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Two water desalination plants funded by the Chinese gov't opened this month in a poor Palestinian village in the Israeli-blockaded Gaza Strip, allowing the villagers instant access to free clean water.
Abdul-Rahim Abu Gouda, a Palestinian living in a small village in the Gaza Strip's southern border town of Rafah, breathed a sigh of relief after two China-funded water desalination plants opened this month in his impoverished al-Naser village.
"This is a joyful day for my family and we can now get drinking water instantly and for free. We no longer need to wait for trucks selling filtered drinking water," said Abu Gouda, a father of 12, as he observed his kids filling a small water container from the new plant in front of his home.
The 50-year-old farmer said the residents of the village suffered for years from lack of access to clean water.
Mohammed al-Attar, 13, came with his playmate to the plant to fill their water tanks.
"We are happy to have potable water all the time, with no need to go too far to buy," he said, as he helped his playmate carry a heavy water tank.
"Every single day, it took us at least two shekels (0.58 U.S. dollars) to buy the filtered water," said al-Attar, whose family is believed to be the poorest one in the village.
"We depend on the aid provided by the UN Relief and Works Agency for Palestine Refugees in the Near East, and we do not have enough money to buy water," he added.
Before the plants were built, the residents had to pay a large amount of money to buy potable water every year, according to Abu Gouda.
"The people in this area are extremely poor and do not have enough money to buy potable water, so they were forced to use salty, unclean tap water provided by the municipality," he said.
In June last year, Give Palestine Association, a local nongovernmental organization, and the council of al-Naser village, signed an agreement to build two China-funded water desalination plants to alleviate the shortage of potable water there.
The Gaza Strip suffers from an acute lack of water for human and agricultural use. Currently, 90 percent of its main water supply is unfit for drinking and even agricultural use. Its coastal aquifer is extremely saline and is drying up because of overuse.
The overpopulated coastal enclave needs up to 220 million cubic meters of water a year, and over 90 percent of the population rely on desalinated water.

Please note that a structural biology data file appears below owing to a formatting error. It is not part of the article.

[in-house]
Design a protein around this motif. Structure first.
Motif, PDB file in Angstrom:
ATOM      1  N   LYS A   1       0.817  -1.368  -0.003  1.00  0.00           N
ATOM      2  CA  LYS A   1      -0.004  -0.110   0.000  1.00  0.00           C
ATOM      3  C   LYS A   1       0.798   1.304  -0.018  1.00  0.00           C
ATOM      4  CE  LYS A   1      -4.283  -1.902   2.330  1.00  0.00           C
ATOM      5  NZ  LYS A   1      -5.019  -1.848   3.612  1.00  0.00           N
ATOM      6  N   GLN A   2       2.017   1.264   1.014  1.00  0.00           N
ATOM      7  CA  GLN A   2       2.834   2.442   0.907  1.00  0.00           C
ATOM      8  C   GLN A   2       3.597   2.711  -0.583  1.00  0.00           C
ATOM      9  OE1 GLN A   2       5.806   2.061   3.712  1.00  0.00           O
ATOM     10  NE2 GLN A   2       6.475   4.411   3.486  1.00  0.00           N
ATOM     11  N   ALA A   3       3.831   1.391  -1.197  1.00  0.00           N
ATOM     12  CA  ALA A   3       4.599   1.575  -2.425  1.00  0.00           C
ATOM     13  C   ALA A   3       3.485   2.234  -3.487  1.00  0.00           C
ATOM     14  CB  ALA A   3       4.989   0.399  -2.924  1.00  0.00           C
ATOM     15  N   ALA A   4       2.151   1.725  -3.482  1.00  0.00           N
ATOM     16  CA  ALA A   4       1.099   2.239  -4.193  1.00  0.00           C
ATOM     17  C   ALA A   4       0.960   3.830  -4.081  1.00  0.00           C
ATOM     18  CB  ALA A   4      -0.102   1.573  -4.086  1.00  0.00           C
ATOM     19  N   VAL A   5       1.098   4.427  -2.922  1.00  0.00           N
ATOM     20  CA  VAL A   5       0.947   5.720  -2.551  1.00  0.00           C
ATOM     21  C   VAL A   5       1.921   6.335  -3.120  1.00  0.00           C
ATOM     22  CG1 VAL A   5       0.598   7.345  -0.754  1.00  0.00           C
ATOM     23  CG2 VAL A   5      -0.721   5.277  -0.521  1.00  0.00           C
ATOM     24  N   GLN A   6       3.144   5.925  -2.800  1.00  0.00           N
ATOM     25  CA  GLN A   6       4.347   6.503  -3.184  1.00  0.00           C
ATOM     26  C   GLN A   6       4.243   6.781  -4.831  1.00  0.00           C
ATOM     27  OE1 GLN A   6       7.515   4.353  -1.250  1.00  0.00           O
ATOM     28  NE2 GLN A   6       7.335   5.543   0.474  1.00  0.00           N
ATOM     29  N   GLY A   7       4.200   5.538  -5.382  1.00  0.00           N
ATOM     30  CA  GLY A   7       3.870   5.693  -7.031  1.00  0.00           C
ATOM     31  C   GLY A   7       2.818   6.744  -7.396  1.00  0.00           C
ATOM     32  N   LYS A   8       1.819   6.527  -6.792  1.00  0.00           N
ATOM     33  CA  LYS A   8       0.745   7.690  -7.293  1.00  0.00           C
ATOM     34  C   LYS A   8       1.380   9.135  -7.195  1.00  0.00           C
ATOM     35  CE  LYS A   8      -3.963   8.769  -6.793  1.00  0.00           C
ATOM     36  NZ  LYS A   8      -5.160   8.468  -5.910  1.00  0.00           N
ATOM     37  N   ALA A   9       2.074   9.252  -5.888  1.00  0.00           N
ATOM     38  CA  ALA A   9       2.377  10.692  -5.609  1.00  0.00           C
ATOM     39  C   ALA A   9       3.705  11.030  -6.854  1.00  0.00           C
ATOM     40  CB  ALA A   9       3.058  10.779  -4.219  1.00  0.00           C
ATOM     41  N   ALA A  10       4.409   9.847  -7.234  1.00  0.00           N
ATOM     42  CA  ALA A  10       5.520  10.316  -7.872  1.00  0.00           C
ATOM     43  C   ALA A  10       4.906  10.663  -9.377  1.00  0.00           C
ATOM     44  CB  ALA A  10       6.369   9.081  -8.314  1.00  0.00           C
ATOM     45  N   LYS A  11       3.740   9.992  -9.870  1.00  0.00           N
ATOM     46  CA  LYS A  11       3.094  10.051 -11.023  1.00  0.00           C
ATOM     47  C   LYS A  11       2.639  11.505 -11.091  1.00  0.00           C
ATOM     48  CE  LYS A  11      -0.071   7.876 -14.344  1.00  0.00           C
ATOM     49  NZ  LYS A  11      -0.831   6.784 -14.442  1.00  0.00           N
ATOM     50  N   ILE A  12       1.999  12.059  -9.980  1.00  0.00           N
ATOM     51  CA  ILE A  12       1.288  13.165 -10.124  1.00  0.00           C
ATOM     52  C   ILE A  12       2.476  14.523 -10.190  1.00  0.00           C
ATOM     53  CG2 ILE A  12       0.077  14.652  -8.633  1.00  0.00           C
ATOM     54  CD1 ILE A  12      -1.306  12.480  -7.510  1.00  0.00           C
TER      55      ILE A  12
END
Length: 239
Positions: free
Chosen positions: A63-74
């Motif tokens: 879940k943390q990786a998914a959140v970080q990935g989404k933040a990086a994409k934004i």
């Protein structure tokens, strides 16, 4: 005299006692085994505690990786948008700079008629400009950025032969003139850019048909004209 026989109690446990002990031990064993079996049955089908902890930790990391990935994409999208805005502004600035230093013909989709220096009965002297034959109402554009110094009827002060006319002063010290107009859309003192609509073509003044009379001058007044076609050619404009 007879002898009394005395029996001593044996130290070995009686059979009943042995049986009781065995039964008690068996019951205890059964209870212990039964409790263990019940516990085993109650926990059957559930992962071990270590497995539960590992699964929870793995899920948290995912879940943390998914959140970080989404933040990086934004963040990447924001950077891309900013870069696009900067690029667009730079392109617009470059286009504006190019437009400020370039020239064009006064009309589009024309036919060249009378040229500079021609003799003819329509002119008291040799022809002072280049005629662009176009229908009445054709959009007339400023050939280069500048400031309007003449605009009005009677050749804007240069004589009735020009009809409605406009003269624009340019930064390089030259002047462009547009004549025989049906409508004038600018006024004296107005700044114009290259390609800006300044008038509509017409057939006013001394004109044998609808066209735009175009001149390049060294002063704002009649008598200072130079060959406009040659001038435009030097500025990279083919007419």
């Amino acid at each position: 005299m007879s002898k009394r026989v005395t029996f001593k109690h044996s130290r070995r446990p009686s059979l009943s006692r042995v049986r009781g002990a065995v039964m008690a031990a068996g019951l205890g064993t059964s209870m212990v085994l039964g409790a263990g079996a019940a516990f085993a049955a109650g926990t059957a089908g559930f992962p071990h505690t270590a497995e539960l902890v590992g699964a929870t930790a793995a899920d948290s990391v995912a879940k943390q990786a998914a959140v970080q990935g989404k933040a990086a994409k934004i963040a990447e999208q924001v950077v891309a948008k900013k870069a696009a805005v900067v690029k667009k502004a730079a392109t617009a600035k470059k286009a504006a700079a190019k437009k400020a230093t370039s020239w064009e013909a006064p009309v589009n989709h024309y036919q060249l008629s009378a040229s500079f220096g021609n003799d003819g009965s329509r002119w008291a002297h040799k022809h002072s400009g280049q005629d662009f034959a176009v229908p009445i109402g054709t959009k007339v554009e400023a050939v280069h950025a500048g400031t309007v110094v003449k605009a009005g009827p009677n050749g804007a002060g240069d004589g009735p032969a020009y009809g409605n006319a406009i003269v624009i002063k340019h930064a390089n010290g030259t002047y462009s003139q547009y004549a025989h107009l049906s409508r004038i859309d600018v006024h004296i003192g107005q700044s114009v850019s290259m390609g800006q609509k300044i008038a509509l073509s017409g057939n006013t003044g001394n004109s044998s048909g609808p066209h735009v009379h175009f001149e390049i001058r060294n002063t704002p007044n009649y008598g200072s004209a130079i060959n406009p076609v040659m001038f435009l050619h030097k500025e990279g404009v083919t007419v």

"About 10,000 people, the majority of whom are unemployed and suffer from extreme poverty, have benefited from the two plants," said Emad al-Agha, secretary of Give Palestine Association.
The two plants "are among the generously funded projects by the Chinese government which hopes to implement sustainable development projects in a way that benefits people over many years," al-Agha added.
The NGO's official noted the Palestinian people need continuous Chinese support to build their institutions and achieve economic development.
"We are looking forward to implementing more China-funded sustainable projects that will benefit our people in the Gaza Strip," he said, as local people "need to have a real solution for the water and electricity shortages which have affected negatively their daily life in the Gaza Strip."
Mohammed Ashour, head of al-Naser village, told Xinhua that the two plants are very important because they are going to serve the residents in a marginalized area.
Ashour thanked China for providing support for the people in the Gaza Strip, saying the Chinese government funded many sustainable development projects involving power generation and water desalination.
The Gaza Strip is facing a worsening water crisis that could render it unsuitable for living within a few years if the aid projects are not implemented, according to a recent UN report.
Israel has been imposing a tight blockade on Gaza since 2007 when Hamas seized control of the coastal enclave from the Palestinian Authority led by President Mahmoud Abbas.